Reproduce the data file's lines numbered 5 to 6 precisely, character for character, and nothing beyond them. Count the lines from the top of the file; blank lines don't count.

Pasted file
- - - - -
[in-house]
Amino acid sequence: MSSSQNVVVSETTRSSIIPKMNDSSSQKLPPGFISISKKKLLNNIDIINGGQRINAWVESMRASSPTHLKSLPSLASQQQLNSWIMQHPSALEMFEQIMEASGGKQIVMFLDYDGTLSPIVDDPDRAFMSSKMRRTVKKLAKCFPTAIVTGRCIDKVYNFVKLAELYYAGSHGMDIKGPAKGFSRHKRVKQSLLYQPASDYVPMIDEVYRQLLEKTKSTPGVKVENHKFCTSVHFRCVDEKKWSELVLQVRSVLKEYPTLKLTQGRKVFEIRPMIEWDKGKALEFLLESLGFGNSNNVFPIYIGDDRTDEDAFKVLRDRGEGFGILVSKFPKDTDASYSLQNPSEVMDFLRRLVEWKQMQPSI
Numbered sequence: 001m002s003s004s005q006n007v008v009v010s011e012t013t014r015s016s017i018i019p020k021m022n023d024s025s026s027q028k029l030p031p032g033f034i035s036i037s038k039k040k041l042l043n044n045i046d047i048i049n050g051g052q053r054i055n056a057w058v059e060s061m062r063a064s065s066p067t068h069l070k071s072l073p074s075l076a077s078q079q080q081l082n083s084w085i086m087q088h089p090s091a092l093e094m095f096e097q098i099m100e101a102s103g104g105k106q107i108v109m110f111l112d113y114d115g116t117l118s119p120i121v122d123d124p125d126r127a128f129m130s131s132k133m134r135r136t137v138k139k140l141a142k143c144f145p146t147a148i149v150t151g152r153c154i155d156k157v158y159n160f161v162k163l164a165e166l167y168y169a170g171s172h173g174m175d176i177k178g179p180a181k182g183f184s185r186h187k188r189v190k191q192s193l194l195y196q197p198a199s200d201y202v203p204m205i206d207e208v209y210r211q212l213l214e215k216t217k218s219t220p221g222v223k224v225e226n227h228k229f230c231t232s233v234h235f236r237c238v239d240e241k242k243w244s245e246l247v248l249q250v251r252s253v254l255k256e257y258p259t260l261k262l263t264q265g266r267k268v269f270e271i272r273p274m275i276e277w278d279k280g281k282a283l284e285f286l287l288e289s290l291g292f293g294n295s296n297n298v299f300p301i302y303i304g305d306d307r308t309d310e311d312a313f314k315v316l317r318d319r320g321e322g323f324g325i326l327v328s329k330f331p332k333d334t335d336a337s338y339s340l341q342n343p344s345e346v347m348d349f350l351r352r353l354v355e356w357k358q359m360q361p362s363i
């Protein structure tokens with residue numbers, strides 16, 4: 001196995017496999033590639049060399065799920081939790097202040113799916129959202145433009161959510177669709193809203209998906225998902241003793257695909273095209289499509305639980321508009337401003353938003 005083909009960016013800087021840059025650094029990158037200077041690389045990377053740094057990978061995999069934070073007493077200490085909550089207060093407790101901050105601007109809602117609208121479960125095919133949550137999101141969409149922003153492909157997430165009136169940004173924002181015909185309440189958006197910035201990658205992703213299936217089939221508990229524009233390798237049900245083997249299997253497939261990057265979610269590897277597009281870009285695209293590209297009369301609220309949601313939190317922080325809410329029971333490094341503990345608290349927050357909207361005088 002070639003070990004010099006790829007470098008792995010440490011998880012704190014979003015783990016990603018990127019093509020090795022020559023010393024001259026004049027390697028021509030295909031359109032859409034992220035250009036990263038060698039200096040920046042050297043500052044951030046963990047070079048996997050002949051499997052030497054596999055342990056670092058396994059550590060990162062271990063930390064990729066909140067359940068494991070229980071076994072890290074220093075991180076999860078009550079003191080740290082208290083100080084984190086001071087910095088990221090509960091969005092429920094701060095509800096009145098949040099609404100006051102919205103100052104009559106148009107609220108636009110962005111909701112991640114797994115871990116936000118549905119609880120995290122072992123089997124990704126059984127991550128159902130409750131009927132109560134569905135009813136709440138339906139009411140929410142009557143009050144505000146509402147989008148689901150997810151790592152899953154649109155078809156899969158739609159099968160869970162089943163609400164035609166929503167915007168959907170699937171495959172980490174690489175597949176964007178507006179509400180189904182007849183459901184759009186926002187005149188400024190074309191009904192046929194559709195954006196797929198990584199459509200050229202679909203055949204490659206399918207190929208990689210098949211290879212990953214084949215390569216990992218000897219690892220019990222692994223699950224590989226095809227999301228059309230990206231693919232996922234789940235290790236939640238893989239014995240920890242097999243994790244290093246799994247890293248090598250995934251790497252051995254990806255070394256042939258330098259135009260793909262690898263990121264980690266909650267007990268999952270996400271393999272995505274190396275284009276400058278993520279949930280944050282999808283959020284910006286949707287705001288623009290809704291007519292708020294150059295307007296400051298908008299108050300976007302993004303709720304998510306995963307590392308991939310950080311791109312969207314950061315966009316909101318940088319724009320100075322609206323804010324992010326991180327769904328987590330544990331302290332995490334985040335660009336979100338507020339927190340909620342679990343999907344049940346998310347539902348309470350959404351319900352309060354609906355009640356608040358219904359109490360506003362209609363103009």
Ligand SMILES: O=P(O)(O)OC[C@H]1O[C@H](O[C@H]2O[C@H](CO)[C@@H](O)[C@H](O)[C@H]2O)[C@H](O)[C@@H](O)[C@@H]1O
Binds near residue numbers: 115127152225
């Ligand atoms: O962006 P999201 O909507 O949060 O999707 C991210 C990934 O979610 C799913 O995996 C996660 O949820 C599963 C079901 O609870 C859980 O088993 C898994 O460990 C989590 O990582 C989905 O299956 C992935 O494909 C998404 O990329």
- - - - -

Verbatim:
Ligand SMILES: O=P(O)(O)OC[C@H]1O[C@H](O[C@H]2O[C@H](CO)[C@@H](O)[C@H](O)[C@H]2O)[C@H](O)[C@@H](O)[C@@H]1O
Binds near residue numbers: 115127152225